Should I Exit My Car Immediately When Pulled Over Or Am I Required To Stay In My Vehicle?
It is generally not advisable to get out of the car as an officer is approaching. You should get your driving credentials ready as soon as possible so that they are in your hand as soon as the officer is at your window. When the officer is there, roll your window down and present the driving credentials. This way, the officer will not be able to talk about “slow fumbling hand movements” but will accept the information and treat you much more favorably because you will save them time. If the officer asks you to get out of the car, you must get out of the car because if you don’t do that, you can be charged with an offense called obstructing justice or interfering with law enforcement functions. These are disorderly person’s offenses under the criminal code–what other states would call misdemeanors.
It is always a good idea to follow the officer’s direction if they order you to get out of the car. Beyond that, you have a right to remain silent. You have no obligation to do balance tests. You should not answer questions or do any balance tests by simply telling the officer politely, directly, and firmly that you are not going to do them. At that point, if the officer chooses to arrest you, you must submit to the arrest, and if you are taken into the station and asked to submit breath samples, the law requires you to do so.
How Should I Respond to an Officer if I Don’t Have Certain Documents Like My Driver’s License, Insurance, or Registration at the Stop?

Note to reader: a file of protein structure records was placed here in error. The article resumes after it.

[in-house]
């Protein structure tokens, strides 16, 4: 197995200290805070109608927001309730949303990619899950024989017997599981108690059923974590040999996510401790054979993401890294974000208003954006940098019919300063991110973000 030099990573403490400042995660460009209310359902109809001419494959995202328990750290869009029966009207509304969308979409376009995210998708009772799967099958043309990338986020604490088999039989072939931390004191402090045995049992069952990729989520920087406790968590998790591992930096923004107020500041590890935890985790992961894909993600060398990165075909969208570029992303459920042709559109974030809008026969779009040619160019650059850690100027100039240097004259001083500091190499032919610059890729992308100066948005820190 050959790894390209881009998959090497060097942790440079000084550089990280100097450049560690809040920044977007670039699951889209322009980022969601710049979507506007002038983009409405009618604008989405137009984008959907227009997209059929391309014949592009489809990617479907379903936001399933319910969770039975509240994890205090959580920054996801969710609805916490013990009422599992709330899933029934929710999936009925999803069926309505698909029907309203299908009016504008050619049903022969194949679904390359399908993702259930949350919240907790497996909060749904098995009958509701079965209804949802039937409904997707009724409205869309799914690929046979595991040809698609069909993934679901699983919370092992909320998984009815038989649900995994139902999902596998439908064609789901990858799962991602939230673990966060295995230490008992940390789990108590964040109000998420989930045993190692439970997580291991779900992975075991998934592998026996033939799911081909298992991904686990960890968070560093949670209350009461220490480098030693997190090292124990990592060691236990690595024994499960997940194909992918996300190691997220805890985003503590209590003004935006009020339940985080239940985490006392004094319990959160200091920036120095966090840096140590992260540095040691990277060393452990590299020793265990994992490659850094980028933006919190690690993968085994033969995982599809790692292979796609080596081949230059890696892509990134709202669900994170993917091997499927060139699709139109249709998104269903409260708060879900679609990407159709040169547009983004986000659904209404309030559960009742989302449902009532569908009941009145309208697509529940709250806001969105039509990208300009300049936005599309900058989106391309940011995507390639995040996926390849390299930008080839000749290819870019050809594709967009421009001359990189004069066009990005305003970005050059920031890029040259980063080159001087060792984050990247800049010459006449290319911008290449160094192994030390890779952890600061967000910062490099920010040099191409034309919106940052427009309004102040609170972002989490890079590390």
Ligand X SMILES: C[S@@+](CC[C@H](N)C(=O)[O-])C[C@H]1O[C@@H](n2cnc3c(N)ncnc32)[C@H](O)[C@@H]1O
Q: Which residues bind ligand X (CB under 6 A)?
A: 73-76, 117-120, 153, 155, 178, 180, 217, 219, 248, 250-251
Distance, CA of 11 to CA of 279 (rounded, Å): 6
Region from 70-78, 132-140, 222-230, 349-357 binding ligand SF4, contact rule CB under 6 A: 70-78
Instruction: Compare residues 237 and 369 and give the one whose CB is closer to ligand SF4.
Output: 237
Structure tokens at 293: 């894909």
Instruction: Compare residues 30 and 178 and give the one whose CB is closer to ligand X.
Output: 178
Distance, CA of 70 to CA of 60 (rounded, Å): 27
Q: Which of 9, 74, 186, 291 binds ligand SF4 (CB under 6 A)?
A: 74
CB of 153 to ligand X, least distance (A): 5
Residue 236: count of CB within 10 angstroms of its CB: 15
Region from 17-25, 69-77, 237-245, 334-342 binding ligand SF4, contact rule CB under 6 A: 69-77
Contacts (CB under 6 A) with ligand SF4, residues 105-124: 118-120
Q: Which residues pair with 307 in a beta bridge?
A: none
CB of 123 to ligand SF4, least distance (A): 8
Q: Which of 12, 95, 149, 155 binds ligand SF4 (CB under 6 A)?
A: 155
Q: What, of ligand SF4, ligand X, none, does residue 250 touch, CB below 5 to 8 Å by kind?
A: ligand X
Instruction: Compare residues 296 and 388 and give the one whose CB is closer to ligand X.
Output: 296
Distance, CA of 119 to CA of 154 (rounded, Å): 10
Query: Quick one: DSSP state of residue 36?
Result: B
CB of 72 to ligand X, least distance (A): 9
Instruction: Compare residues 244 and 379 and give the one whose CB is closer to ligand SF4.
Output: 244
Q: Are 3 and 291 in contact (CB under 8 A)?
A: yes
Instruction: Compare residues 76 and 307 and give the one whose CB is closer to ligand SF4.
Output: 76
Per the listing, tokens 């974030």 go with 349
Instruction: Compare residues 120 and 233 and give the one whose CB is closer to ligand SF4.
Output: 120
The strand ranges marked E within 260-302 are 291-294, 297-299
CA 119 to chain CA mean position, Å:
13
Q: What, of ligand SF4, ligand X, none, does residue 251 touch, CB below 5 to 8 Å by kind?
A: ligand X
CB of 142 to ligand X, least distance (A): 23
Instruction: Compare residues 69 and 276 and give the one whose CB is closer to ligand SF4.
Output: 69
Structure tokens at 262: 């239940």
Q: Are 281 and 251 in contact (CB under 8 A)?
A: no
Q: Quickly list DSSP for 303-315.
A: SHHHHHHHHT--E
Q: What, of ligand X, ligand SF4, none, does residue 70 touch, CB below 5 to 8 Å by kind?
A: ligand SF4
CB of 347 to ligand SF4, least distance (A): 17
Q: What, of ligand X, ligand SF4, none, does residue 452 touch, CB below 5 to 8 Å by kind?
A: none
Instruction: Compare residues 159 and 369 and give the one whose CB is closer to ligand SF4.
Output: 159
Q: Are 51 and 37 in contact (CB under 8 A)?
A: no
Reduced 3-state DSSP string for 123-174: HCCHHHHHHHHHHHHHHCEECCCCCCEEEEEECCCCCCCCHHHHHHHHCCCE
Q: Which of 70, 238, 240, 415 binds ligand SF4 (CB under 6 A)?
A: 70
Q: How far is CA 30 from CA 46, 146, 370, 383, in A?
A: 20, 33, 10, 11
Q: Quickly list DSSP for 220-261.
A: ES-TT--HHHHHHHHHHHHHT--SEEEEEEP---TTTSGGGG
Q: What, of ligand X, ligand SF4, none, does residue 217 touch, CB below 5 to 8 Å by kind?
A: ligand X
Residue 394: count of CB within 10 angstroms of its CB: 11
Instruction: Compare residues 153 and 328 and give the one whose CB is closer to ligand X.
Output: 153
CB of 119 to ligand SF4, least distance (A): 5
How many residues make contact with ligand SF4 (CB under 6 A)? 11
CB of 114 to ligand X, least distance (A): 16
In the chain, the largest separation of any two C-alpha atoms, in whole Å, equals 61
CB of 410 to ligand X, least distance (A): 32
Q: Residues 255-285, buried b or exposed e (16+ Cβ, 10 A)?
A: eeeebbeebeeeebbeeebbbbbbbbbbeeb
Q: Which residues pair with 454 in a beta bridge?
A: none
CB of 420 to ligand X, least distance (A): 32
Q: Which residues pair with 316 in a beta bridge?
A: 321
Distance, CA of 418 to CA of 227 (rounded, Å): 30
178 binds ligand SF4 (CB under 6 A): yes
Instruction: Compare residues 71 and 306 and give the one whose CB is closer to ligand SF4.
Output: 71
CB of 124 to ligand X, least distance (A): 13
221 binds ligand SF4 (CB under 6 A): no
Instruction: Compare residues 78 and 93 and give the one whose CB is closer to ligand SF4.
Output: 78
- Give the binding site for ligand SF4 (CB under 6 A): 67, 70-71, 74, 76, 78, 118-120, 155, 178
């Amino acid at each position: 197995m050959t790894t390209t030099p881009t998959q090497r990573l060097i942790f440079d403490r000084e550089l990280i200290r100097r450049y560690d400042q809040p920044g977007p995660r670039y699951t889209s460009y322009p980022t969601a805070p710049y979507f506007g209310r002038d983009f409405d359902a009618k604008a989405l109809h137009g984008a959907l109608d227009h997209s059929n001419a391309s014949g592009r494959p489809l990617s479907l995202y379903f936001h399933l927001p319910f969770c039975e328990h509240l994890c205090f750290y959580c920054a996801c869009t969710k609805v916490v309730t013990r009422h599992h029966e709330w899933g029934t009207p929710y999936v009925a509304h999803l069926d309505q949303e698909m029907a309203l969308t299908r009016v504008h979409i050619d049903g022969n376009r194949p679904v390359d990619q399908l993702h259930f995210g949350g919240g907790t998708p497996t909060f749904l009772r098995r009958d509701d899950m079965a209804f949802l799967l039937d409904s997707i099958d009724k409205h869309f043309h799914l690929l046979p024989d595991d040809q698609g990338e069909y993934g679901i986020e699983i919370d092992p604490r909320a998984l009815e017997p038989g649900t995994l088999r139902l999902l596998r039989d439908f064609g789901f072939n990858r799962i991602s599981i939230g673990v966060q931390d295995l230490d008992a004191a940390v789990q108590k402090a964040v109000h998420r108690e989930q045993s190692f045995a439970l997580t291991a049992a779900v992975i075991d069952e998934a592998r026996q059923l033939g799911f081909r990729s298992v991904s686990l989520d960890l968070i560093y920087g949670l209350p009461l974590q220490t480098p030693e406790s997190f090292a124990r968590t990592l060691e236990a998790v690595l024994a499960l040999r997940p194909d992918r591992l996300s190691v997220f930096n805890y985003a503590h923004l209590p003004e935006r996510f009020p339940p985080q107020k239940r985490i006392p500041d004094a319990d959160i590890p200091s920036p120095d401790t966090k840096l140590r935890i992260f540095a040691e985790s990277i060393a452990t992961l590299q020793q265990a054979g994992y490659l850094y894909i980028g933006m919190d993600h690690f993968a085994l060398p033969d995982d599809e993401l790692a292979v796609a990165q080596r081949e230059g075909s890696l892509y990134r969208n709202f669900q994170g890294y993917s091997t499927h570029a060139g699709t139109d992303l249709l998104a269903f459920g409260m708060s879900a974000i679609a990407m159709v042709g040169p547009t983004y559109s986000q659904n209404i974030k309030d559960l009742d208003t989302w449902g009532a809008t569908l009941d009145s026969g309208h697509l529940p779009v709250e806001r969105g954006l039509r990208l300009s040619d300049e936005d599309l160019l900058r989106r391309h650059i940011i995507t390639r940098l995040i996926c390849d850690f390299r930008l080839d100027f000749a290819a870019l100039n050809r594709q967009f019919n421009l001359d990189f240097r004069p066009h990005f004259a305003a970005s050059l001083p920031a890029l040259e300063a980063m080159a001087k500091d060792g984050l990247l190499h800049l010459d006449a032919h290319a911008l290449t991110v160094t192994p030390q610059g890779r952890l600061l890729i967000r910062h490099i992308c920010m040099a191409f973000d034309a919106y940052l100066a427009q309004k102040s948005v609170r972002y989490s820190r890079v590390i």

If you don’t have certain documents or driving credentials when being stopped, tell the officer immediately that you don’t have it. You will immediately be subject to the charge of failure to have the credentials in your possession, but that’s a relatively minor charge that would result only in a fine. There are no motor vehicle points or driving privilege revocation associated with it.
What Questions Am I Required to Answer During a Traffic Stop in New Jersey? Should I Provide an Answer to the Question, “Do You Know Why I Stopped You?”
Unless you can read the officer’s mind, you don’t know why you were stopped. Other questions raise a big red flag that should prompt you to clam up. If the officer asks, for example, if you had been drinking or smoking marijuana, that’s a signal that the investigation is taking a very negative turn from your perspective. When you hear a question like that, you have become a target of a police investigation, at which point, your best response is to say, “Officer, I will not be answering any more questions.” If the officer persists, tell them you would like to call your attorney.
What Sort of Training Do Police Officers Receive When It Comes to Making Traffic Stops?
Officers receive general academy training about pursuing a person and usually waiting until there is a safe area to pull over regarding traffic stops.
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